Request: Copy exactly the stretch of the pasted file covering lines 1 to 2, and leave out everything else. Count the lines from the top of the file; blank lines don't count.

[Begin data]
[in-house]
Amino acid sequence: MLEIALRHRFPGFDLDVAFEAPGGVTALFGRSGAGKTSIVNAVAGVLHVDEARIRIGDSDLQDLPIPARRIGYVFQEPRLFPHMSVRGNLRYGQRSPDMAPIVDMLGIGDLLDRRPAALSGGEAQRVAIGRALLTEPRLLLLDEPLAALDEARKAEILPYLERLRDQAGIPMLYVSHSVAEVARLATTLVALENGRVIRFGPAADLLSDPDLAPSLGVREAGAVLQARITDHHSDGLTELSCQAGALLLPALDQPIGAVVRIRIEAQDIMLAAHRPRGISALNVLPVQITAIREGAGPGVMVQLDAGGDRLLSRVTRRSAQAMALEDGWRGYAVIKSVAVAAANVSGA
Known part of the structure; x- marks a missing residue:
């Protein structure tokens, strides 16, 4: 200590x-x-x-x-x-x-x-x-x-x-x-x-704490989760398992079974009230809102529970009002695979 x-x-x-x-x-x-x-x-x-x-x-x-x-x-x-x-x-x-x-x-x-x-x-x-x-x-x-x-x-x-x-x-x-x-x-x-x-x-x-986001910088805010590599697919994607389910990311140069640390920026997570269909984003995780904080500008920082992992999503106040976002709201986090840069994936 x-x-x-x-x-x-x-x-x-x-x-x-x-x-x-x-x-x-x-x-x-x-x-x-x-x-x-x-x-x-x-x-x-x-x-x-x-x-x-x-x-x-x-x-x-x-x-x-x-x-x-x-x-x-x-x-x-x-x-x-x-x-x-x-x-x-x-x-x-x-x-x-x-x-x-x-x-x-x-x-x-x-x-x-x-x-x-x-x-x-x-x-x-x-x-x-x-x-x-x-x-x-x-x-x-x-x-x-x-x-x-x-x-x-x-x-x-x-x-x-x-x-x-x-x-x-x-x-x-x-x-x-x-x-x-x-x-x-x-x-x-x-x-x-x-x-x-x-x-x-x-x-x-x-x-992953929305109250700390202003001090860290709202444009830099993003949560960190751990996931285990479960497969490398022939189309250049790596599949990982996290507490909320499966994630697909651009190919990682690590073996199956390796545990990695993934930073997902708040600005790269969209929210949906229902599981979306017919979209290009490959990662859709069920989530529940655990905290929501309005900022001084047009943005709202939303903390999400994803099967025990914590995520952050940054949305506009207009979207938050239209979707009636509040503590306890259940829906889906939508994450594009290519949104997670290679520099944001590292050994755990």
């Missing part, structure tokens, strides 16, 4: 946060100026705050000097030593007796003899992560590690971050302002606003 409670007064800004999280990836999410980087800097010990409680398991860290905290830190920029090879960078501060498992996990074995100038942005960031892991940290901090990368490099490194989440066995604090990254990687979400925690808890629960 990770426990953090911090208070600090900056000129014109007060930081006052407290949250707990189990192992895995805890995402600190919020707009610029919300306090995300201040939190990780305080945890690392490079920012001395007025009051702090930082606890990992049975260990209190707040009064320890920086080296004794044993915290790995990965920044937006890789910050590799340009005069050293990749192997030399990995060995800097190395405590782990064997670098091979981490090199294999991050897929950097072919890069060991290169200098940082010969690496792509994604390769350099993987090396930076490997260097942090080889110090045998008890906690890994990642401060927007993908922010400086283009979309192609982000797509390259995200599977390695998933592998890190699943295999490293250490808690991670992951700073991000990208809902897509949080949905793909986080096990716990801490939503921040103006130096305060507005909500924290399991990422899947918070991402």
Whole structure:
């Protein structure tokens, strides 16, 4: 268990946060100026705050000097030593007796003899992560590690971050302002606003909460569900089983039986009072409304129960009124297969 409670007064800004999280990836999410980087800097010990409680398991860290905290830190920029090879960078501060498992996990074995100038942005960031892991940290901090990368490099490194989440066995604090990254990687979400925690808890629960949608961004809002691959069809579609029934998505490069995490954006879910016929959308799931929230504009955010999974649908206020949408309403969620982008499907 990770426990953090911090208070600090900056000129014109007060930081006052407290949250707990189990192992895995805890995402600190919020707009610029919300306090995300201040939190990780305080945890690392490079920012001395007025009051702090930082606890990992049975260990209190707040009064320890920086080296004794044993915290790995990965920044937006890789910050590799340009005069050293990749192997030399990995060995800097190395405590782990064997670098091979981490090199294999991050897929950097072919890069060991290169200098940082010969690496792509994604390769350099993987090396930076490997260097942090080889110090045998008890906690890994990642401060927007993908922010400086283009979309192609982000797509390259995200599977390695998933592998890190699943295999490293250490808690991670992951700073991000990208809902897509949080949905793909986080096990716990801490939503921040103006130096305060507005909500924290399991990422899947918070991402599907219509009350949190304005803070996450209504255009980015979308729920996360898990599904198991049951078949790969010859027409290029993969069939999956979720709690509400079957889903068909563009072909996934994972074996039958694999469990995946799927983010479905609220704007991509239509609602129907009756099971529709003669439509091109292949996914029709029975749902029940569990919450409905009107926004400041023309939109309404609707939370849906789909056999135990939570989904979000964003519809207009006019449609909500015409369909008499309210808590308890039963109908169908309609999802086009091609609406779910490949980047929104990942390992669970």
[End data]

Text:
[in-house]
Amino acid sequence: MLEIALRHRFPGFDLDVAFEAPGGVTALFGRSGAGKTSIVNAVAGVLHVDEARIRIGDSDLQDLPIPARRIGYVFQEPRLFPHMSVRGNLRYGQRSPDMAPIVDMLGIGDLLDRRPAALSGGEAQRVAIGRALLTEPRLLLLDEPLAALDEARKAEILPYLERLRDQAGIPMLYVSHSVAEVARLATTLVALENGRVIRFGPAADLLSDPDLAPSLGVREAGAVLQARITDHHSDGLTELSCQAGALLLPALDQPIGAVVRIRIEAQDIMLAAHRPRGISALNVLPVQITAIREGAGPGVMVQLDAGGDRLLSRVTRRSAQAMALEDGWRGYAVIKSVAVAAANVSGA